Much research exists on organisational culture. Many mergers and acquisitions fail because culture is ignored as a factor in planning and implementation. Organisational change is more challenging and emotional when it affects culture. Cultural change goes to the core of shared beliefs and
values and breaking these creates more resistance than any other type of change. These organisational principles are applicable to the city. The importance of culture in the urban context is discussed in Charles Landry’s book 'Creative City’. Landry considers the cultural resources the raw material of the city. These raw materials are ‘embodied in peoples’ skills and talents’. He states that culture in a city can strengthen social cohesion, inter-cultural understanding and empower communities to action.
Wollongong has experienced cultural change, but also resistance, for several decades; for instance the changing population with more affluent Sydneysiders merging with long-term residents; the city’s historically working class culture changing to the service and creative class; and the changing political scene from labour heartland to a mixed influence. Despite this change our city has a long way to go. To use Landry’s metaphor, a city is not a machine, but an organism, a body. Consider the ‘bones equivalent to the topography; the arteries equivalent to roads, rail and paths; the intestines to water services; the nervous system to communication and electricity’; and our deep rooted ethnic make-up to a city’s culture. People have a responsibility to take care of their bodies, their health, their well-being, and their spirituality. Just as people (and organisations) must take the lead looking after themselves, a city needs good leaders to look after its health, well-being and culture. The City of Wollongong has new leaders with a big responsibility and the juggling of many demands. Among these are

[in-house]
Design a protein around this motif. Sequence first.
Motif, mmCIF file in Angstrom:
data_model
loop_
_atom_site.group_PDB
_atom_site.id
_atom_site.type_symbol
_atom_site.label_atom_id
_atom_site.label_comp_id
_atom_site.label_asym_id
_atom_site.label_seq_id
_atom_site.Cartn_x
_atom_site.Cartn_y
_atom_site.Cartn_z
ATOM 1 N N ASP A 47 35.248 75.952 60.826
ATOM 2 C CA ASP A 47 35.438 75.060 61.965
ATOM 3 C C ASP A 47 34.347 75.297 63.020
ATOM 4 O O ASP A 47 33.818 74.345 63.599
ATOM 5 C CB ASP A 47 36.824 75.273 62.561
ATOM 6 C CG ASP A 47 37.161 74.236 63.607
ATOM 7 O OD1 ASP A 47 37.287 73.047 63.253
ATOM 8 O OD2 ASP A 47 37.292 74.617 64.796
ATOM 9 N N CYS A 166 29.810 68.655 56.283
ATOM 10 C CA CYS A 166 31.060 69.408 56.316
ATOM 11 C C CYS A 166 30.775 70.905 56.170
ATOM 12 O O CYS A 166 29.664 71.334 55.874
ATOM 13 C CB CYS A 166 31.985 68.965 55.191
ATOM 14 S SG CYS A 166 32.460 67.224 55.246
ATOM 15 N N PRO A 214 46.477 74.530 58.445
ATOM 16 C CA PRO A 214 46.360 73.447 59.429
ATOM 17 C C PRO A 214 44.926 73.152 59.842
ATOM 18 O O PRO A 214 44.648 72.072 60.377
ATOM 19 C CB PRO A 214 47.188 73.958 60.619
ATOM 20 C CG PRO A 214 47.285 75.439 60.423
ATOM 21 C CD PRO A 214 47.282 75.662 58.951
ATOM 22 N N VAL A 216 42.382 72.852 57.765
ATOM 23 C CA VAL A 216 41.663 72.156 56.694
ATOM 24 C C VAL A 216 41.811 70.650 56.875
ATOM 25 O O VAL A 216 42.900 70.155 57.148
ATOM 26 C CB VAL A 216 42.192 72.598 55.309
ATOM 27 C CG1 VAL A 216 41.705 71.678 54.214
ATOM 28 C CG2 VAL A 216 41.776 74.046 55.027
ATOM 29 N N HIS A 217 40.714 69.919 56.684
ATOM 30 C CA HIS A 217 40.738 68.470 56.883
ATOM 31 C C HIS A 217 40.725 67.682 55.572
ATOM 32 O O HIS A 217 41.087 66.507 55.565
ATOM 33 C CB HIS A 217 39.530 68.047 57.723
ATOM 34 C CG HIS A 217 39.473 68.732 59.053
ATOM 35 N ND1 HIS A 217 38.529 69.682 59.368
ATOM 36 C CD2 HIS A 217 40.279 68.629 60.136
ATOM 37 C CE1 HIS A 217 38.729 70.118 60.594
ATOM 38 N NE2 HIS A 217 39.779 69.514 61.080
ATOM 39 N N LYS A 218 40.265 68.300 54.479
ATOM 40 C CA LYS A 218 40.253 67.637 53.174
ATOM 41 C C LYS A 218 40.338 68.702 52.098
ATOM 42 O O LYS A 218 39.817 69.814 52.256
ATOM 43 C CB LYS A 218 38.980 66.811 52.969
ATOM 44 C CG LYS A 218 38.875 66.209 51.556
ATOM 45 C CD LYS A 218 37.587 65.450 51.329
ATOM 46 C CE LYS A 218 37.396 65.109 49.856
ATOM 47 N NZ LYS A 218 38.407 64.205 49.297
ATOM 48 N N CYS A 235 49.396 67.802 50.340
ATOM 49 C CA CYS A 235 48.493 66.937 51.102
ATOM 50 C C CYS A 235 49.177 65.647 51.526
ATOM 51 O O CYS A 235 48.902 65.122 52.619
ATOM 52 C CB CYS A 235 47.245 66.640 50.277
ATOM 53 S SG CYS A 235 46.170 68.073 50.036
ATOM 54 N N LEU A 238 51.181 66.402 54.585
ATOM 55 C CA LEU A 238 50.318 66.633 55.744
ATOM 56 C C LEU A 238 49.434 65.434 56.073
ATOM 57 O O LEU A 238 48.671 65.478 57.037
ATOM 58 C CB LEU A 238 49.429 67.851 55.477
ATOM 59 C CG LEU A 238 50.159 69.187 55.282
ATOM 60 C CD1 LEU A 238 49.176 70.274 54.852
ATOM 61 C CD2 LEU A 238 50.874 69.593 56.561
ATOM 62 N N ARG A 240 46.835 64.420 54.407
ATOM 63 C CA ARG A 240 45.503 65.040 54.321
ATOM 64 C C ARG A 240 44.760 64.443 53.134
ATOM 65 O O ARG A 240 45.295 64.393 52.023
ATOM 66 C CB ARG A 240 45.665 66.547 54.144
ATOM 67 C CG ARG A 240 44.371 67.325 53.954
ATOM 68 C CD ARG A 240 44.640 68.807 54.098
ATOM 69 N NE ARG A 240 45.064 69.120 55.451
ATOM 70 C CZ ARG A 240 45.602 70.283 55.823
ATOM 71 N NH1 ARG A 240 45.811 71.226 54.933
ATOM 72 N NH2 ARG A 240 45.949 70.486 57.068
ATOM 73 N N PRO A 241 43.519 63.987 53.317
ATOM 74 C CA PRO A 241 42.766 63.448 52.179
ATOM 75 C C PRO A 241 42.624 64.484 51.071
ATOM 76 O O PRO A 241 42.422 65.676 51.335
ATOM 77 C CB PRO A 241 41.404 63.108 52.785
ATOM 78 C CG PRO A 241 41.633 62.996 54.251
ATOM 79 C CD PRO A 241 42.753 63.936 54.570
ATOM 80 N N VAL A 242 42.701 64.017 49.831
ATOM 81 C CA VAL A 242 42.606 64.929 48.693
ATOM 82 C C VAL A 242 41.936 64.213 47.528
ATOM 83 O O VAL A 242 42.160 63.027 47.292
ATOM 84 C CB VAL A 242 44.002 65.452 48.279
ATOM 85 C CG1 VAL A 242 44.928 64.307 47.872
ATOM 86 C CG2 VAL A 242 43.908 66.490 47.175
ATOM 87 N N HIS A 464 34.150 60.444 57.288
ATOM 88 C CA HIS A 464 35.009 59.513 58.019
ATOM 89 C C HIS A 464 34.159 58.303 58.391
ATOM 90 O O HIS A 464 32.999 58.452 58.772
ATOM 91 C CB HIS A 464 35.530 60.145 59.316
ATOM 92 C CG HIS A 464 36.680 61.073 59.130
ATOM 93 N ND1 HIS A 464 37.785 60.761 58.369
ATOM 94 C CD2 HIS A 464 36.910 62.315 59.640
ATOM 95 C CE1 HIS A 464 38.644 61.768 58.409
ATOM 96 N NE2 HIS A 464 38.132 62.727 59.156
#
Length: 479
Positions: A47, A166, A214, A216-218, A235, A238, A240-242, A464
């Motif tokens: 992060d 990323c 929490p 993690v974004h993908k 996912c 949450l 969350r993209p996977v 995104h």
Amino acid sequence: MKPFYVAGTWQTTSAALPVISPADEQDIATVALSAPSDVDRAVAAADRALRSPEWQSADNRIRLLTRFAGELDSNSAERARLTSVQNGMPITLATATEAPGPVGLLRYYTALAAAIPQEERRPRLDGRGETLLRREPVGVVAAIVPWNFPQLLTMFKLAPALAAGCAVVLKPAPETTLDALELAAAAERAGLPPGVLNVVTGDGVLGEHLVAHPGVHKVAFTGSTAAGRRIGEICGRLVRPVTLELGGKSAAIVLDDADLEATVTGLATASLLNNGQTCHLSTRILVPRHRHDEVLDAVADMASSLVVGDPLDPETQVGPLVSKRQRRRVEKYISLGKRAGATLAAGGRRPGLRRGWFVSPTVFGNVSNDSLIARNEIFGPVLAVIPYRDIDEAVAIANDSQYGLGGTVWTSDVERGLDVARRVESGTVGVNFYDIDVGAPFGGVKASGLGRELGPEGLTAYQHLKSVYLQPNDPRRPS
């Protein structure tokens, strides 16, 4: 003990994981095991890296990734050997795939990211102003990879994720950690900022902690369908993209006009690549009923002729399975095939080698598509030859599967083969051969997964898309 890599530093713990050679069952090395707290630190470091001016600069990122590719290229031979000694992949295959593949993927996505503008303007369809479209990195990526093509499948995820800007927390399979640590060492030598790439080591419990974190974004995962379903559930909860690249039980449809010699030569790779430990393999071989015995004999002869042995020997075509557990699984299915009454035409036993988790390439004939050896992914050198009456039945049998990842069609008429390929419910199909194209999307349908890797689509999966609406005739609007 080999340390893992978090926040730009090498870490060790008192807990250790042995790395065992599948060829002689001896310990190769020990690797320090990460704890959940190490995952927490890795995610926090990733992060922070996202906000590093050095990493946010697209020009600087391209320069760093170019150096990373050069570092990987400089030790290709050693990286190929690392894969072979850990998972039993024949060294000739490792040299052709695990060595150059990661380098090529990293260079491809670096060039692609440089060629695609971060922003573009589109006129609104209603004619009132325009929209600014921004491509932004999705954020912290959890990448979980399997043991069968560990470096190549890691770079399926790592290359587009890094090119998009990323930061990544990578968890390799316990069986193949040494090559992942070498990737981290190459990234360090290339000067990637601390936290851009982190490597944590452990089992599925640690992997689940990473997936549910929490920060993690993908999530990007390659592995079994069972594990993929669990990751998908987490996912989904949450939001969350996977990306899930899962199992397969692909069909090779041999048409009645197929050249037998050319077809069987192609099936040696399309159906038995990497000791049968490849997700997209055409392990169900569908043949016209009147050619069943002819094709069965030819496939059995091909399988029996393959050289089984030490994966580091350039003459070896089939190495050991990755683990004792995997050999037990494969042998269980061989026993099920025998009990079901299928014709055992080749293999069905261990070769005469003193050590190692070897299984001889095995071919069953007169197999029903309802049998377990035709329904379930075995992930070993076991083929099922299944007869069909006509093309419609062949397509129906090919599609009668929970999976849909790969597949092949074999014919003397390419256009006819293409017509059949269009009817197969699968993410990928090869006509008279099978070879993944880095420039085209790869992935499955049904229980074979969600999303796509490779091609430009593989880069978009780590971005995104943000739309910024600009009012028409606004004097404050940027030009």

Wollongong’s stretched topography with a beautiful environment, our sick urban design, and the divide in our city’s culture between the north and the south, between the working class and the creative class, and between culturally and linguistically diverse people and the Anglo-Celtic population. For this city to move forward our new Council must take Wollongong’s culture into consideration and work for active change to breach the division towards social cohesion.